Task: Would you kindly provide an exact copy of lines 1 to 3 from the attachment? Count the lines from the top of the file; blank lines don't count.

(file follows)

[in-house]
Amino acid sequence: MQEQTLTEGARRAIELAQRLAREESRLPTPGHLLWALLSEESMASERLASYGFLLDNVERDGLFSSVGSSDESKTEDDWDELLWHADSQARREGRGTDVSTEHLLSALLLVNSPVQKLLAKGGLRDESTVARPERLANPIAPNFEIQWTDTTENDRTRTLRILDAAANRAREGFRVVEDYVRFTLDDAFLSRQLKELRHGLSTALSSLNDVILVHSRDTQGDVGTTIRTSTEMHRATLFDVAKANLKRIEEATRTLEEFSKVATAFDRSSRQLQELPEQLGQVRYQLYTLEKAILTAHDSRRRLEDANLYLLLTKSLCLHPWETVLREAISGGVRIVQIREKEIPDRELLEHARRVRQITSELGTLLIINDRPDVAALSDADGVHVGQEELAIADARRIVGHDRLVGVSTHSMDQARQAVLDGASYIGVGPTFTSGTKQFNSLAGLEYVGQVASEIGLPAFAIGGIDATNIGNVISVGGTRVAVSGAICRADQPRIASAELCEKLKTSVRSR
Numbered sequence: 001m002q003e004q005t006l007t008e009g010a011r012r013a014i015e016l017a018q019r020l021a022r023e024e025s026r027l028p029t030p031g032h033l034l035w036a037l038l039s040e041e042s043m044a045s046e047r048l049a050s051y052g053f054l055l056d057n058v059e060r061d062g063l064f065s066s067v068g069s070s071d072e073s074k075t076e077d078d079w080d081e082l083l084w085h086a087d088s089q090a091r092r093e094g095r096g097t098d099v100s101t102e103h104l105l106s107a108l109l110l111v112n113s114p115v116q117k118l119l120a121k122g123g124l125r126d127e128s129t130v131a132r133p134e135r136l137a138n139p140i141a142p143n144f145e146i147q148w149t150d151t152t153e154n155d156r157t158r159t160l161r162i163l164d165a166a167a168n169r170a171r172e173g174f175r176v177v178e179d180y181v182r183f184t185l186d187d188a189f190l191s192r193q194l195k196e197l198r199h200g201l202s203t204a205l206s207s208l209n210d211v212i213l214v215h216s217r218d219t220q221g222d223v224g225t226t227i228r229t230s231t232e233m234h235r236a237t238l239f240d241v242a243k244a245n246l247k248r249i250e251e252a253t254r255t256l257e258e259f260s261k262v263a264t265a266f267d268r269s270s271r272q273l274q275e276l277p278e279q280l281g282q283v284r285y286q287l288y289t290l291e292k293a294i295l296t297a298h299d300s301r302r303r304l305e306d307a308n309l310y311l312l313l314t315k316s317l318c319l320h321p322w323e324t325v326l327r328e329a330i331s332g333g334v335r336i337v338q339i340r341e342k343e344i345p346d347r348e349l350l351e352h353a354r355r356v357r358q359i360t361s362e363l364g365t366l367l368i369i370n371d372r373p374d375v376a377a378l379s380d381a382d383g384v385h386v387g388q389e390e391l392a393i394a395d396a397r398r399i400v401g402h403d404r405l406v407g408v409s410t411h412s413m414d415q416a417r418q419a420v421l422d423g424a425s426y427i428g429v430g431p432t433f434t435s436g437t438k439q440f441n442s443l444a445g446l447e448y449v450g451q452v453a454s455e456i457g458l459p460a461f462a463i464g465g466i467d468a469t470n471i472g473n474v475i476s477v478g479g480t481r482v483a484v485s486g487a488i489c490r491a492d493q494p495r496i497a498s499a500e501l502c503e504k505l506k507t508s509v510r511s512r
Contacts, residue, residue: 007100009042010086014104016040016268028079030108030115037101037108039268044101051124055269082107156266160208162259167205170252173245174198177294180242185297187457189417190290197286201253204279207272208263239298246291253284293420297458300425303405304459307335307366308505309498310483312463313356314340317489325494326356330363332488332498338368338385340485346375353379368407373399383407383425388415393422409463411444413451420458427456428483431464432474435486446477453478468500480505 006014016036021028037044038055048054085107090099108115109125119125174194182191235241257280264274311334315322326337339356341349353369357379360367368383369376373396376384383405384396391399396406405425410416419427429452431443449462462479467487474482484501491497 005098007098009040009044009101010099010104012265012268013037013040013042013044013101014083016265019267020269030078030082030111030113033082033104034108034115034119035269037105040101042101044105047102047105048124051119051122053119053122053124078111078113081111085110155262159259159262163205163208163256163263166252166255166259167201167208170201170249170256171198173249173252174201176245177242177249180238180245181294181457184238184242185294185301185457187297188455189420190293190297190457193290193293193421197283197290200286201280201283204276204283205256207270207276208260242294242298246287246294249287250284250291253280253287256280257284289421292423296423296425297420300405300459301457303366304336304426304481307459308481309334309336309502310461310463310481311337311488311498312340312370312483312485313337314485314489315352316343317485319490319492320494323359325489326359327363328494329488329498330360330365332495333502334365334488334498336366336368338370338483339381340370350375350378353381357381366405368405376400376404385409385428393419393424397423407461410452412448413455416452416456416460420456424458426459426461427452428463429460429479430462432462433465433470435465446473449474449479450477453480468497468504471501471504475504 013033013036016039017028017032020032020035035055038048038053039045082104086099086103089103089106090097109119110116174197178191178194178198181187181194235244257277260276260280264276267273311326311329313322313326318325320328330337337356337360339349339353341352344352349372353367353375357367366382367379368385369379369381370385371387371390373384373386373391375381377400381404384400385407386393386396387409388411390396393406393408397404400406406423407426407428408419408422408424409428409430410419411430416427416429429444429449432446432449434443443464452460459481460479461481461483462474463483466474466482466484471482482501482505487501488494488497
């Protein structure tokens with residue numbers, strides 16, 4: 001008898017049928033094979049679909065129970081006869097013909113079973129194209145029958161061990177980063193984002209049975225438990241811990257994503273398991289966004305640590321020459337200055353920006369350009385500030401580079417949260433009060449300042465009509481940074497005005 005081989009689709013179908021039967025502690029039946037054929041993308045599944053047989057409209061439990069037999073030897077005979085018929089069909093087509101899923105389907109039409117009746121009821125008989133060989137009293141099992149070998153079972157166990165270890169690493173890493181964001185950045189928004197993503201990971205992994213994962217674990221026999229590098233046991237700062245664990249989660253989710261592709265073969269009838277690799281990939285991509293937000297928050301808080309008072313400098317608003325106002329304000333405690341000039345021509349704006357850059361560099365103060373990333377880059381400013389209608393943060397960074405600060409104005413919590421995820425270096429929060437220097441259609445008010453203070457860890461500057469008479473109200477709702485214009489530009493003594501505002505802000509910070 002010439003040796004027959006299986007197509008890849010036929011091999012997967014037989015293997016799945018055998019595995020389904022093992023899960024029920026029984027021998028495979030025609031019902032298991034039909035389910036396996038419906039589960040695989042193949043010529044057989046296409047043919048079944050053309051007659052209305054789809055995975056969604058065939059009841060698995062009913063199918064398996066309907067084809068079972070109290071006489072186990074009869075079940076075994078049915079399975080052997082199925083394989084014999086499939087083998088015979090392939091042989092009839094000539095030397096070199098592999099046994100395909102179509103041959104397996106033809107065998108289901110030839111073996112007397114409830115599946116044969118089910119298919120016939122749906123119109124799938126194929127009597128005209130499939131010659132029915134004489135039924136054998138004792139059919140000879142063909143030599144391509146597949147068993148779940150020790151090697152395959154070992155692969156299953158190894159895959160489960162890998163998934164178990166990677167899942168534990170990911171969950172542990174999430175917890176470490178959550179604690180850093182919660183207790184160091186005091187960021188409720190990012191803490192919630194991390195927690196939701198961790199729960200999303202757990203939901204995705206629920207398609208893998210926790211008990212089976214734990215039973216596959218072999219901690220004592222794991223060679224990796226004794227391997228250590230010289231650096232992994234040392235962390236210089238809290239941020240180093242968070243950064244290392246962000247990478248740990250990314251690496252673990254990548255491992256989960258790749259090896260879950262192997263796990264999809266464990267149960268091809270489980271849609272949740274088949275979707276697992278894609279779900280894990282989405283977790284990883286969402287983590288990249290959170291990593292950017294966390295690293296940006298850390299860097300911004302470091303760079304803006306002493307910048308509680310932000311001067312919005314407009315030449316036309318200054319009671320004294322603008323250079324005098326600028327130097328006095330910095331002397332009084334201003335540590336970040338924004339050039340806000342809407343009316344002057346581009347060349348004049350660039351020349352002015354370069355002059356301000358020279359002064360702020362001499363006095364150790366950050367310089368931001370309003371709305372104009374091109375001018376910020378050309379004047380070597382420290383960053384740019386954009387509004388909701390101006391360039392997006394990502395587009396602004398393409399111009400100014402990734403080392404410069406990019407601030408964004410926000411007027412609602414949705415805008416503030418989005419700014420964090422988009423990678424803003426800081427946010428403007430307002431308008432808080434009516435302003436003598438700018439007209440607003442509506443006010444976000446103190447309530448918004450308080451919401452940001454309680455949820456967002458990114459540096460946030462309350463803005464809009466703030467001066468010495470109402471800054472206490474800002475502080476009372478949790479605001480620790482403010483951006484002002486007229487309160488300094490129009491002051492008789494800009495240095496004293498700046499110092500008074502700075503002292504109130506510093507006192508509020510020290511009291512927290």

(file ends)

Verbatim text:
[in-house]
Amino acid sequence: MQEQTLTEGARRAIELAQRLAREESRLPTPGHLLWALLSEESMASERLASYGFLLDNVERDGLFSSVGSSDESKTEDDWDELLWHADSQARREGRGTDVSTEHLLSALLLVNSPVQKLLAKGGLRDESTVARPERLANPIAPNFEIQWTDTTENDRTRTLRILDAAANRAREGFRVVEDYVRFTLDDAFLSRQLKELRHGLSTALSSLNDVILVHSRDTQGDVGTTIRTSTEMHRATLFDVAKANLKRIEEATRTLEEFSKVATAFDRSSRQLQELPEQLGQVRYQLYTLEKAILTAHDSRRRLEDANLYLLLTKSLCLHPWETVLREAISGGVRIVQIREKEIPDRELLEHARRVRQITSELGTLLIINDRPDVAALSDADGVHVGQEELAIADARRIVGHDRLVGVSTHSMDQARQAVLDGASYIGVGPTFTSGTKQFNSLAGLEYVGQVASEIGLPAFAIGGIDATNIGNVISVGGTRVAVSGAICRADQPRIASAELCEKLKTSVRSR
Numbered sequence: 001m002q003e004q005t006l007t008e009g010a011r012r013a014i015e016l017a018q019r020l021a022r023e024e025s026r027l028p029t030p031g032h033l034l035w036a037l038l039s040e041e042s043m044a045s046e047r048l049a050s051y052g053f054l055l056d057n058v059e060r061d062g063l064f065s066s067v068g069s070s071d072e073s074k075t076e077d078d079w080d081e082l083l084w085h086a087d088s089q090a091r092r093e094g095r096g097t098d099v100s101t102e103h104l105l106s107a108l109l110l111v112n113s114p115v116q117k118l119l120a121k122g123g124l125r126d127e128s129t130v131a132r133p134e135r136l137a138n139p140i141a142p143n144f145e146i147q148w149t150d151t152t153e154n155d156r157t158r159t160l161r162i163l164d165a166a167a168n169r170a171r172e173g174f175r176v177v178e179d180y181v182r183f184t185l186d187d188a189f190l191s192r193q194l195k196e197l198r199h200g201l202s203t204a205l206s207s208l209n210d211v212i213l214v215h216s217r218d219t220q221g222d223v224g225t226t227i228r229t230s231t232e233m234h235r236a237t238l239f240d241v242a243k244a245n246l247k248r249i250e251e252a253t254r255t256l257e258e259f260s261k262v263a264t265a266f267d268r269s270s271r272q273l274q275e276l277p278e279q280l281g282q283v284r285y286q287l288y289t290l291e292k293a294i295l296t297a298h299d300s301r302r303r304l305e306d307a308n309l310y311l312l313l314t315k316s317l318c319l320h321p322w323e324t325v326l327r328e329a330i331s332g333g334v335r336i337v338q339i340r341e342k343e344i345p346d347r348e349l350l351e352h353a354r355r356v357r358q359i360t361s362e363l364g365t366l367l368i369i370n371d372r373p374d375v376a377a378l379s380d381a382d383g384v385h386v387g388q389e390e391l392a393i394a395d396a397r398r399i400v401g402h403d404r405l406v407g408v409s410t411h412s413m414d415q416a417r418q419a420v421l422d423g424a425s426y427i428g429v430g431p432t433f434t435s436g437t438k439q440f441n442s443l444a445g446l447e448y449v450g451q452v453a454s455e456i457g458l459p460a461f462a463i464g465g466i467d468a469t470n471i472g473n474v475i476s477v478g479g480t481r482v483a484v485s486g487a488i489c490r491a492d493q494p495r496i497a498s499a500e501l502c503e504k505l506k507t508s509v510r511s512r